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It’s worth mentioning that I have no idea if cold storage affects the taste of eggplant. An unrelated vegetable, Si Gwa (Luffa acutangula) can get very unpleasant off flavors if kept chilled for some days. I learned this the hard way! Ginger root can go off and get strange bluish colors in cold storage.

One would expect certain peppers, from high elevations in Peru or Bolivia, to store well at colder temperatures. Peppers like Rocoto (Capsicum pubescens) grow in very chilly conditions, unlike most peppers. When I visited farms and cooperatives near Cuzco, it was necessary to wear a sweater, even during mid day during the growing season!


I’m unsure about eggplant. We eat lots of local eggplant from nearby farms in the summer and fall, which hasn’t been refrigerated at all until I bring it home. Only in the home fridge for a few days at most. I never even think of salting and draining the local stuff to remove bitterness before cooking. No need.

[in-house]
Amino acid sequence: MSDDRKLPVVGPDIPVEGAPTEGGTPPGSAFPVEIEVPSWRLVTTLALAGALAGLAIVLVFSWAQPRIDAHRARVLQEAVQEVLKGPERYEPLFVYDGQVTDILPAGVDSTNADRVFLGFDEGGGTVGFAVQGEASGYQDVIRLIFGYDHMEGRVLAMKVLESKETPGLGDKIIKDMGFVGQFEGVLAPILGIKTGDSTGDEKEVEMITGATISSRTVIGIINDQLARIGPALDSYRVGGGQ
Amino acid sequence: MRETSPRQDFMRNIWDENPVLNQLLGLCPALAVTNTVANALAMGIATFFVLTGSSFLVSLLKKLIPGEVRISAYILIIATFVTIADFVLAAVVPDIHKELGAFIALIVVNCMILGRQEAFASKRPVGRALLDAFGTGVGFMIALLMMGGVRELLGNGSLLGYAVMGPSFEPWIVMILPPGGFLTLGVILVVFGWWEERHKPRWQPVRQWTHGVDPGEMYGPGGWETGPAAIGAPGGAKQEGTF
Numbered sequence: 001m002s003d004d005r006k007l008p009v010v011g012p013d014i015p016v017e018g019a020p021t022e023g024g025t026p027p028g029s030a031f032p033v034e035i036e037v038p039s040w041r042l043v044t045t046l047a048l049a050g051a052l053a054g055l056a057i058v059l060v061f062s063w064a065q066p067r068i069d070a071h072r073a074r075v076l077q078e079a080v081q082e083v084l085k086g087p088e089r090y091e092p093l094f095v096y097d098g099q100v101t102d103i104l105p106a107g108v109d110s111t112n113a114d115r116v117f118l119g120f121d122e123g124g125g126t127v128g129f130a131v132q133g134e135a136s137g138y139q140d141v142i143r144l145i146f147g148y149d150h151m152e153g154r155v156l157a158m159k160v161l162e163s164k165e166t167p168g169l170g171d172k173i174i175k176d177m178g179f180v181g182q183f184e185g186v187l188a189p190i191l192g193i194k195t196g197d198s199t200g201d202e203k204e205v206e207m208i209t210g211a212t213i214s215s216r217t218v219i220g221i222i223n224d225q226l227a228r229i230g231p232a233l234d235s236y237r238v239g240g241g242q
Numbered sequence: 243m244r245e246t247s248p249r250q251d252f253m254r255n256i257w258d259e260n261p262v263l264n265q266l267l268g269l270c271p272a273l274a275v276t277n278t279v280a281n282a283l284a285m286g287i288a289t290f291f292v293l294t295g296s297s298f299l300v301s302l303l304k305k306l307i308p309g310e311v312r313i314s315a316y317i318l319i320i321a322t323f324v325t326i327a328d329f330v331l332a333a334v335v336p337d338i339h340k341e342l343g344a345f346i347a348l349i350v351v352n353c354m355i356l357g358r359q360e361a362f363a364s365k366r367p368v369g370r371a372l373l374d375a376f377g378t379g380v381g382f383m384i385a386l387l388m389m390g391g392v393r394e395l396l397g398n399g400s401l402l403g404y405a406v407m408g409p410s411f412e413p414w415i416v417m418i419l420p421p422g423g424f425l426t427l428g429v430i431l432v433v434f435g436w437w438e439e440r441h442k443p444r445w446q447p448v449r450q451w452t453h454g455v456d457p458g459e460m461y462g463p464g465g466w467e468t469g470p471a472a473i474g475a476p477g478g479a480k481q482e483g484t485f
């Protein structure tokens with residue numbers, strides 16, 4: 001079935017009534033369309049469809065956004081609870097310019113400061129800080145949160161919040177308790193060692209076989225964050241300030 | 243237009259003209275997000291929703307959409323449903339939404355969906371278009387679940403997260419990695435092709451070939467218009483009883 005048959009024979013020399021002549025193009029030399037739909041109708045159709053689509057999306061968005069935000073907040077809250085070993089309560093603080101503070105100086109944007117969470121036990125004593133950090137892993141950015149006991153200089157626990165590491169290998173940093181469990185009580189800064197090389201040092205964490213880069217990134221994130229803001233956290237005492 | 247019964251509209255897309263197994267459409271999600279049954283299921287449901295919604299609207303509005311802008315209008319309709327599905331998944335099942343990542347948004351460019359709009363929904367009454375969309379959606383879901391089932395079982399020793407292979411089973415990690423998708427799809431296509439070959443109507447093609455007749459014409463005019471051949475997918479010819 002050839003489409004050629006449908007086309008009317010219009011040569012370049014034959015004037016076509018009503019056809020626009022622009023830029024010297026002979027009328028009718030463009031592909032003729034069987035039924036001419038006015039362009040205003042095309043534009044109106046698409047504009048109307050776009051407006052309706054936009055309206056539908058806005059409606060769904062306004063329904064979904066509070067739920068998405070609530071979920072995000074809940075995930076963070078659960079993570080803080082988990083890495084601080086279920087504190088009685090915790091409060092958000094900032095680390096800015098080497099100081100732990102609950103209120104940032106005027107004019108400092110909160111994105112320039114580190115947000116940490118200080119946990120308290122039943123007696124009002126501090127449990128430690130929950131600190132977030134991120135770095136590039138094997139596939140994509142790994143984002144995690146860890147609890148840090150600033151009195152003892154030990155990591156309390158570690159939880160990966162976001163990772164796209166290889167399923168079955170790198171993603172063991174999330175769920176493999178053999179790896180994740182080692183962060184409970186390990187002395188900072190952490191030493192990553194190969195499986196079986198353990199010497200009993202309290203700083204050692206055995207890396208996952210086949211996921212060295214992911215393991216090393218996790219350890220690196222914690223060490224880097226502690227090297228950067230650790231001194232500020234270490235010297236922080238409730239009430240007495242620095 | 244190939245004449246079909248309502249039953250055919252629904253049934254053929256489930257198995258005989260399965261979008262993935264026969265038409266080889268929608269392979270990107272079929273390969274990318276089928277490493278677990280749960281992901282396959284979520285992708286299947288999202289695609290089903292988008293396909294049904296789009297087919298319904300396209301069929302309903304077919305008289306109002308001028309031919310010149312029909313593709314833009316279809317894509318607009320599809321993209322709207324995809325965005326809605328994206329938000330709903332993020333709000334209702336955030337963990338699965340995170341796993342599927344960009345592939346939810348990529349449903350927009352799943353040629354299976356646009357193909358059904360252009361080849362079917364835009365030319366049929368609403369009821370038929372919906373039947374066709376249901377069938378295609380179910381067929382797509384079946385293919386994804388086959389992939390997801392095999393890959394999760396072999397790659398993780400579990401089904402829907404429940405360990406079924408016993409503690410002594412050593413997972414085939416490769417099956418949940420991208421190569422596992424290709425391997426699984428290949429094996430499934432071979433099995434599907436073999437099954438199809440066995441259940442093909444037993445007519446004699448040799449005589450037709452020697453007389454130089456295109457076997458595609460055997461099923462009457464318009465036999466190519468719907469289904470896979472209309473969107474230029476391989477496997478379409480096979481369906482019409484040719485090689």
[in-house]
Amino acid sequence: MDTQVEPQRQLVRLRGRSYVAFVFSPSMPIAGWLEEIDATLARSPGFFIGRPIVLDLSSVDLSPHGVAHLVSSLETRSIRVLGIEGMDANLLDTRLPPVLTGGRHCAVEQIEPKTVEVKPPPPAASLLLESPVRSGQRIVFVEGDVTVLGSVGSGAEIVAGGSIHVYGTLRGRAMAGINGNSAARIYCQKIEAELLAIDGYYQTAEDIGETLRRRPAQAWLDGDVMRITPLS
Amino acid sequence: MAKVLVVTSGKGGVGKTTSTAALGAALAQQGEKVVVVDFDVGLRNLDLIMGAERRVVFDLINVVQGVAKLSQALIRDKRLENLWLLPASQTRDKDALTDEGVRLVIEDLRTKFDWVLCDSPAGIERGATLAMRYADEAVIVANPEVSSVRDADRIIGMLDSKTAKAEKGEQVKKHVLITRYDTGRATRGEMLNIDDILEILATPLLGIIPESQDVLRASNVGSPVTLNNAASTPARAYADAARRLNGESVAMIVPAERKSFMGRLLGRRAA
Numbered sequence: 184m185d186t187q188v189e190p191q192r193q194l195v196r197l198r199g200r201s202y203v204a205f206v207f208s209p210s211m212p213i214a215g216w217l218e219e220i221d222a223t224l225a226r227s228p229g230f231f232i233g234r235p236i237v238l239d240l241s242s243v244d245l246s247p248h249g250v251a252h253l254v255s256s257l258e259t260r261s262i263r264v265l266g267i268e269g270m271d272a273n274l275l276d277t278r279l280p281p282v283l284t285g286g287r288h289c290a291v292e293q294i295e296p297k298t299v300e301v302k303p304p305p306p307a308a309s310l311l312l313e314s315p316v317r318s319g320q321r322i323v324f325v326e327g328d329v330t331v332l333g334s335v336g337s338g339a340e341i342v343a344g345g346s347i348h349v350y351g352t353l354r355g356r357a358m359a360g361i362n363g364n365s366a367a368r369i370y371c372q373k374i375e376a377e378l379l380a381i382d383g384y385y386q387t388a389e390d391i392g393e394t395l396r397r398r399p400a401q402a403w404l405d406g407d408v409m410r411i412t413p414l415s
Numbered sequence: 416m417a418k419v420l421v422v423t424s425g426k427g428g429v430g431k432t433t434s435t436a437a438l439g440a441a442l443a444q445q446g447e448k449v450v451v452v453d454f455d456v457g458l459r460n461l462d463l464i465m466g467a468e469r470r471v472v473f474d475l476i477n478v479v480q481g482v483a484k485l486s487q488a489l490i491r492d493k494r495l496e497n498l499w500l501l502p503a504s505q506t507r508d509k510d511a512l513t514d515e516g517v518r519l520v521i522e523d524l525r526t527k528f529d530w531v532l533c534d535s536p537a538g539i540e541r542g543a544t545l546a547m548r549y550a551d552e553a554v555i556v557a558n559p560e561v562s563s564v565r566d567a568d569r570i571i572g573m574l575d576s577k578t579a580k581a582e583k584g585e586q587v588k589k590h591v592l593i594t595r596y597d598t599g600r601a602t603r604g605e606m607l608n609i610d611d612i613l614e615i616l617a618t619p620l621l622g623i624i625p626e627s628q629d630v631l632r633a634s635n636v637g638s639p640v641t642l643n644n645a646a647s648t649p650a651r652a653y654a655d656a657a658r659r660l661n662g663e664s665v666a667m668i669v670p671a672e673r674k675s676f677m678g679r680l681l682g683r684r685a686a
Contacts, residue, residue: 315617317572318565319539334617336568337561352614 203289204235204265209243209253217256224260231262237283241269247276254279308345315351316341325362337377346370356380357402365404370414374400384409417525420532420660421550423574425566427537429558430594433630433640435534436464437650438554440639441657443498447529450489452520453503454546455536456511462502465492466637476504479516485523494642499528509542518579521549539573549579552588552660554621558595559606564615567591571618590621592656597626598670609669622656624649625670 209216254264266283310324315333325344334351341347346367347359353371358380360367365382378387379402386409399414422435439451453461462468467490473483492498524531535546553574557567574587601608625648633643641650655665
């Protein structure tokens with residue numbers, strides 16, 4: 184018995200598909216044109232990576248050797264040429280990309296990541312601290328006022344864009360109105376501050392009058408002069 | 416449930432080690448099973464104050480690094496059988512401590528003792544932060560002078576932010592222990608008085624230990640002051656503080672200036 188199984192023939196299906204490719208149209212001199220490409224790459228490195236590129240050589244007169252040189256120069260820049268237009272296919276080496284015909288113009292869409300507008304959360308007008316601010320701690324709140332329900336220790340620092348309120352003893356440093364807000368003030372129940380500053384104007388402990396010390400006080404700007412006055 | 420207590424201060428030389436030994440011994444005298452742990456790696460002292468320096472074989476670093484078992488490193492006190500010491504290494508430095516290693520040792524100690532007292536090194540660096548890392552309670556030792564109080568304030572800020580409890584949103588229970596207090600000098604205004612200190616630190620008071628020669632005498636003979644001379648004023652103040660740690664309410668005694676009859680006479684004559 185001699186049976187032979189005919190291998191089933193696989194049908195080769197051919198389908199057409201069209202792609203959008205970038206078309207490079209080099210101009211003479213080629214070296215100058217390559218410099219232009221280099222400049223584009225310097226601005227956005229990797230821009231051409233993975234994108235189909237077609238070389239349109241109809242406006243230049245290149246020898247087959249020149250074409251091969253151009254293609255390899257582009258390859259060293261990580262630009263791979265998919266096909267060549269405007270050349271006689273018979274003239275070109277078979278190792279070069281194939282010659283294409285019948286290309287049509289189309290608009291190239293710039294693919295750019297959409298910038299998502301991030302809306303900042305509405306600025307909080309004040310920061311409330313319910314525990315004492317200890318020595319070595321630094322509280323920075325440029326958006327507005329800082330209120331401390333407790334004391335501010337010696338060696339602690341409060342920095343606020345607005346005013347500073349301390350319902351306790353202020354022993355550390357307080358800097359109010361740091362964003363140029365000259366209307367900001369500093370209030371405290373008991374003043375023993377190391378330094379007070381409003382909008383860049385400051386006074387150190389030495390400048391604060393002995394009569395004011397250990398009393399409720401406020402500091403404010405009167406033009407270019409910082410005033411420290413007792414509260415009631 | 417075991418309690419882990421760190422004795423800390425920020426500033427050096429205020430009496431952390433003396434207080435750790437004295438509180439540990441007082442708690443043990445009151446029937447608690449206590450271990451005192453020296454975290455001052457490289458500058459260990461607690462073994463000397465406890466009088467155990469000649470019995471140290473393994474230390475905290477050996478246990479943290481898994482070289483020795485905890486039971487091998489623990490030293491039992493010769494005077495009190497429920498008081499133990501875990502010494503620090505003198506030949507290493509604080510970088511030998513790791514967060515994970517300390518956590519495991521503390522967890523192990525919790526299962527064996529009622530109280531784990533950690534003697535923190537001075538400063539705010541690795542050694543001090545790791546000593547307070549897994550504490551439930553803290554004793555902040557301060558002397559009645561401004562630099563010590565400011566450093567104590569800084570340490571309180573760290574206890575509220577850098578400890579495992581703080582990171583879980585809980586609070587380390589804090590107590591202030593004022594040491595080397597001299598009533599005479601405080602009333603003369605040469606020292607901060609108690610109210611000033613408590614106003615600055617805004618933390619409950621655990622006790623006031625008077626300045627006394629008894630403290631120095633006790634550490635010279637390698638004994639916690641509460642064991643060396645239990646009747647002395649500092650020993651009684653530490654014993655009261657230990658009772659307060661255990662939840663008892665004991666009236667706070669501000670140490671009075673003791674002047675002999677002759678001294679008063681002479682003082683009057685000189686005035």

The eggplant I buy from the store I think is always a tad bitter, which may a function of age vs. storage?

Always something new to learn.

Smells ( or “aromas”) are powerful things! I think aromatherapy has tremendous potential.

I had an aunt from Nevis in the Carribean, who stayed with us when I was pretty young; maybe the sixties. She had an “aroma” that I did not know at the time, but I’ve always associated with her. It was much later that I realized she wore garlic, and it was not fresh.